OCR - A NEW WORLD
At the start of 2018, I joined an 8 week Obstacle Course Race prep class at CKO Jersey City. Every Saturday morning for eight weeks, we met up and did various workouts to prepare for the upcoming race.
For some perspective, prior to 2018, my athletic career consisted of playing soccer from 1998-2010 and playing basketball from 2004-2010. After high school, I played intramural soccer for a season and then that was it in terms of sports. I did cardio and basic workouts pretty regularly during college from 2010-2014 and thanks to going to school and living in one of the most expensive cities in the country, my daily food intake consisted of a bagel for breakfast, a $5 pizza special for lunch and some type of microwavable food or cereal for dinner. I was living the dream!
While I luckily missed out on the freshman 15, I was not so lucky when it came to the full-time 15. You know.. that weight you put on once you start your sedentary full-time job. Working out became a thing of the past and my immediate go-to when I was done working became Netflix or other online entertainment while snacking. Glad those days are over!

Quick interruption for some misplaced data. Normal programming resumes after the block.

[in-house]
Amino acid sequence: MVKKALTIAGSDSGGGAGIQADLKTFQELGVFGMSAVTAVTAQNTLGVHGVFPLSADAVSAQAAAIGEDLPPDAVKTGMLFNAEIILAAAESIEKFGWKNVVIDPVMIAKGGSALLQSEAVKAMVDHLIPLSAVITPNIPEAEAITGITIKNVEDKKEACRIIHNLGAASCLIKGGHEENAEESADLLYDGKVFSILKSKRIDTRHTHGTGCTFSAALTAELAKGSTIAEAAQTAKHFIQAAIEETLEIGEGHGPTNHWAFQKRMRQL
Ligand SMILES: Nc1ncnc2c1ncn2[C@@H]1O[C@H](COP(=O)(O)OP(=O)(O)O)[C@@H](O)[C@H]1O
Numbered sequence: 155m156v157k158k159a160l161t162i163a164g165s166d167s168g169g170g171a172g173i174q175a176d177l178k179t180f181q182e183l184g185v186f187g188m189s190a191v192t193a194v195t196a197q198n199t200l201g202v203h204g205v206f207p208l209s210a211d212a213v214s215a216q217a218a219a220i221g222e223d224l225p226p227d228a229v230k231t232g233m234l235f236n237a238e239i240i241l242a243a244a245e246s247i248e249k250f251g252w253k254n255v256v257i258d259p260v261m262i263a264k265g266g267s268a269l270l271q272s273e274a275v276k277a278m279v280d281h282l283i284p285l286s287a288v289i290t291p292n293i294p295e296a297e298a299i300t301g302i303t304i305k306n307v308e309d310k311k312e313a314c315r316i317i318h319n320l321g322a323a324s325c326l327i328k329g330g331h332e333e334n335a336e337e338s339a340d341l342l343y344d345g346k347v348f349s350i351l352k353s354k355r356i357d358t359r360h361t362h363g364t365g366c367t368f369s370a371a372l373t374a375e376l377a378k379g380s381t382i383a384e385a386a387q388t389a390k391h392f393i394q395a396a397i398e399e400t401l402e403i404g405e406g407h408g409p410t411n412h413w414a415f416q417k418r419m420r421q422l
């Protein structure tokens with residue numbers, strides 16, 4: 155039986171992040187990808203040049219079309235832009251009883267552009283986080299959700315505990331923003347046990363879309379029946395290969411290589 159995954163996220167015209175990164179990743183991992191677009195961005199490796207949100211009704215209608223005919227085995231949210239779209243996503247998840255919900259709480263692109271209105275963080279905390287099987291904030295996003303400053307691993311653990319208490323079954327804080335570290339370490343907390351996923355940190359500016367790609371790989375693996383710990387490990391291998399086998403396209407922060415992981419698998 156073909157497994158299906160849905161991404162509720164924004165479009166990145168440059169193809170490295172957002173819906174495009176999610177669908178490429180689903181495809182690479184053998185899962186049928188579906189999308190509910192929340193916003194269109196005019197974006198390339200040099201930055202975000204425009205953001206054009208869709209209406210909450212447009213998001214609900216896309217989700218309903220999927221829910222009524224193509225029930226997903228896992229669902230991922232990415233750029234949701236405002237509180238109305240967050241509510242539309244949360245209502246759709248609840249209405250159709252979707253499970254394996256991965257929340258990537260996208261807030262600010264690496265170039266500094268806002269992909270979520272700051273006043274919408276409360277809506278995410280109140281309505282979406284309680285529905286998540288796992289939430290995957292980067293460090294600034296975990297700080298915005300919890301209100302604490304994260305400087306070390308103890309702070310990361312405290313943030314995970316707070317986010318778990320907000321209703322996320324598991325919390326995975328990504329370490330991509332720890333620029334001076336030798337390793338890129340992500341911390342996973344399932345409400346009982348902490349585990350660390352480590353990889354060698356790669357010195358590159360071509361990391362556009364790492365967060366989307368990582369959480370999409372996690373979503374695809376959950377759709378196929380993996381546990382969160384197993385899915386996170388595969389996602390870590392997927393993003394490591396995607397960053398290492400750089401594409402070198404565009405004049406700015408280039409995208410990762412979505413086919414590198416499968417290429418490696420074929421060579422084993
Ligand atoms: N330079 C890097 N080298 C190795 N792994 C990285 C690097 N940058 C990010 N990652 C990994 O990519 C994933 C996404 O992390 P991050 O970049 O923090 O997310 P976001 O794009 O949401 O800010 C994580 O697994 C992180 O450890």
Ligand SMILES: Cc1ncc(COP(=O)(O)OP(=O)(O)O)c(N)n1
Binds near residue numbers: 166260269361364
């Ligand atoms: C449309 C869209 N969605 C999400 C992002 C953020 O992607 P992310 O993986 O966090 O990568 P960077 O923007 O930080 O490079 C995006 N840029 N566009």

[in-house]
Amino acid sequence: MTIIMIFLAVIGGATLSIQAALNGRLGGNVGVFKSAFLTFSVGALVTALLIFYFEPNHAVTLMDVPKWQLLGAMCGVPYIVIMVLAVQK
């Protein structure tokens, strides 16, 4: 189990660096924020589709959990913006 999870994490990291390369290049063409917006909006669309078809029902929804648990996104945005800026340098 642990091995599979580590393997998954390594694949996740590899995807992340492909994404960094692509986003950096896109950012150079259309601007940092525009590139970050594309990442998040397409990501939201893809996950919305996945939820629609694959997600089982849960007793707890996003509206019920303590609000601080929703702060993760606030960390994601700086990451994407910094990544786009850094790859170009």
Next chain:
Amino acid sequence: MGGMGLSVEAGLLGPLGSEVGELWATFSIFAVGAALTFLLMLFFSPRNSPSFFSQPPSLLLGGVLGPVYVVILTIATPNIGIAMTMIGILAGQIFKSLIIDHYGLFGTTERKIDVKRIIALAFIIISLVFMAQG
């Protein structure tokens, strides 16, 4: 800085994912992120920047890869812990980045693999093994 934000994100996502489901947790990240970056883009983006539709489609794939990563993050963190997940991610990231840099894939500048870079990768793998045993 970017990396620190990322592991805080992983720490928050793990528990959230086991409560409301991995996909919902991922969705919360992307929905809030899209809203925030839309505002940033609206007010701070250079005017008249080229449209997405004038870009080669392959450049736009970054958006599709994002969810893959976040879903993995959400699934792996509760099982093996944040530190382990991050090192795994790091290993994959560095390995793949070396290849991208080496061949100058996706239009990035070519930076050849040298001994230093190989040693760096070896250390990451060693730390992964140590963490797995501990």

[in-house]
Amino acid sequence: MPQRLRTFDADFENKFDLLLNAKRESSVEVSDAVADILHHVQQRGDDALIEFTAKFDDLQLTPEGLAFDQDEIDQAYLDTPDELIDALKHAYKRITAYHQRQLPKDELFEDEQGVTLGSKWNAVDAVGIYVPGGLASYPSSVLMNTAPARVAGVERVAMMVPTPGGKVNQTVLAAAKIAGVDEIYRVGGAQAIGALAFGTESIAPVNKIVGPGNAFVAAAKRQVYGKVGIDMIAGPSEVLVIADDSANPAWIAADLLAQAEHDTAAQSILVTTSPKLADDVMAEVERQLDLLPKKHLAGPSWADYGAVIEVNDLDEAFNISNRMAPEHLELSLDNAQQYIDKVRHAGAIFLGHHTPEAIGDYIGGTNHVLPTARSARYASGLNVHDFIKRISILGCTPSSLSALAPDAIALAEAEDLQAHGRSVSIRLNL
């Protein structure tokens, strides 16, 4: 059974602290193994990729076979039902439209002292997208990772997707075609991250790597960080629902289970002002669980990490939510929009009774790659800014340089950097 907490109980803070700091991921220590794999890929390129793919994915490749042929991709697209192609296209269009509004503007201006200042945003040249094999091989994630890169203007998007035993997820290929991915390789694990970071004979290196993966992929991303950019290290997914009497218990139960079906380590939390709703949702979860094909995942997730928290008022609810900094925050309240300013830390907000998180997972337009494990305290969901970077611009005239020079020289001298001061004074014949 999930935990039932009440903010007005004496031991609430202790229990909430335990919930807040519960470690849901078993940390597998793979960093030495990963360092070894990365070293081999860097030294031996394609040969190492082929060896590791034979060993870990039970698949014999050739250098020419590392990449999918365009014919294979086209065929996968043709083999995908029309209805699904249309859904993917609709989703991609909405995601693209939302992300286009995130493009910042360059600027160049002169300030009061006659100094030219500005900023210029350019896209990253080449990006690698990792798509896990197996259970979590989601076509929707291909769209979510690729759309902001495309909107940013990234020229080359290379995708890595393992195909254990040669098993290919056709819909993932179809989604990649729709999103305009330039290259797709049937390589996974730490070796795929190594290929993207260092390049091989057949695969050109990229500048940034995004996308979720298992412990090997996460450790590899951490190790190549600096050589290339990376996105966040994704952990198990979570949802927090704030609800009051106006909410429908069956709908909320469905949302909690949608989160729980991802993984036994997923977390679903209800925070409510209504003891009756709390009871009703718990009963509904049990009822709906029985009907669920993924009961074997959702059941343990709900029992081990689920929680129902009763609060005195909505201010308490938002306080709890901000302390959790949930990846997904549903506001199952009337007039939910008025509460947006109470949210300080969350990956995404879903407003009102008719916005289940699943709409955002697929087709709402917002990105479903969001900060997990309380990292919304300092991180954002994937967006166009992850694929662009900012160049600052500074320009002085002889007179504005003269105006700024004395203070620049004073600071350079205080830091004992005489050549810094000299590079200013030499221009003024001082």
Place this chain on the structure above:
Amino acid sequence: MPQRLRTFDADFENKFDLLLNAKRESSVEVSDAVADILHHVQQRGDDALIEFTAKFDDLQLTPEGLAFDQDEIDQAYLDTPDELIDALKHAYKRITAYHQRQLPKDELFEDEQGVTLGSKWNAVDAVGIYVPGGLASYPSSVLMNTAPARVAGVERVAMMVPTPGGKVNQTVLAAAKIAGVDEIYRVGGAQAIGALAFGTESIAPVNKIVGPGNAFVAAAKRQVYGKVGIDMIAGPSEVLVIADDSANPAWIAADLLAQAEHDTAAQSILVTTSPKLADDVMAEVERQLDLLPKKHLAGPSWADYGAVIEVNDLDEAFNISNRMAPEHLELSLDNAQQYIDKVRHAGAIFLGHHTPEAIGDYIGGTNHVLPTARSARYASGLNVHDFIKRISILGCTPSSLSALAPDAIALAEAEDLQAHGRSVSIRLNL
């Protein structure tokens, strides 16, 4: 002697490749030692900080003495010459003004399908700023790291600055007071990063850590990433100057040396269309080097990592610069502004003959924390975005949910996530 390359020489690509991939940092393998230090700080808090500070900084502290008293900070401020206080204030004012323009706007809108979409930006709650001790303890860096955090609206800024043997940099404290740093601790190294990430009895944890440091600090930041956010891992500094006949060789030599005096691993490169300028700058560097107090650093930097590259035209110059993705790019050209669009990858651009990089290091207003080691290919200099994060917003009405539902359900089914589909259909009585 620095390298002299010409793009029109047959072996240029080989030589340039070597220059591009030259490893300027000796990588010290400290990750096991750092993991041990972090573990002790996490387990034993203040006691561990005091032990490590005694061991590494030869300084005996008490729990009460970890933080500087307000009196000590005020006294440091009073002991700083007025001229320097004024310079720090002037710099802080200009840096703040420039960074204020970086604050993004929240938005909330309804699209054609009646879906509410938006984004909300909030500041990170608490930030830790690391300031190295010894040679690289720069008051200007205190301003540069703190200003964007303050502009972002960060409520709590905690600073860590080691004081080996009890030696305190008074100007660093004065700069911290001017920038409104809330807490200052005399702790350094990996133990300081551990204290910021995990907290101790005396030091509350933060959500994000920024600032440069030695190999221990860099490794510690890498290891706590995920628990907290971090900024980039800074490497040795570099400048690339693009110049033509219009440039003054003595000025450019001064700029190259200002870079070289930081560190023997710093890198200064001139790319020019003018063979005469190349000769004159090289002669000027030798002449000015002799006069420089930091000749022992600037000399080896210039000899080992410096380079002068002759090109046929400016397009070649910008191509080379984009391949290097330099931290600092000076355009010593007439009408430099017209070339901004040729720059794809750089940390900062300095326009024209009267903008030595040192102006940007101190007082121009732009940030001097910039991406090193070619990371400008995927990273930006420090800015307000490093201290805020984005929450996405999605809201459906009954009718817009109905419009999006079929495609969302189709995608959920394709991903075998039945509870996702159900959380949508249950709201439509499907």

Anyway, so after around three and a half years of that sedentary lifestyle, it was questionable whether I could run a mile without stopping. And my grip strength was non-existent. Part of the 2018 OCR training consisted of doing Murphs. Looking back, my "pull-ups" were more like jump-ups - I'd jump up to the bar so that my chin would be over the bar, then jump down. Repeat 100 times. I don't even think my arms felt any of it!
After a few weeks of training, we went to a playground in the middle of February where I was excited to show off my newly acquired grip strength by going across the monkey bars. I couldn't make it a single bar and a second grader happily showed me up by flying through them multiple times. Show off.
I suppose I was a bit naive at the time thinking I'd magically have the ability to traverse the monkey bars after working on grip strength a day or two each week for a month. But with low expectations to begin with, I wasn't too bothered!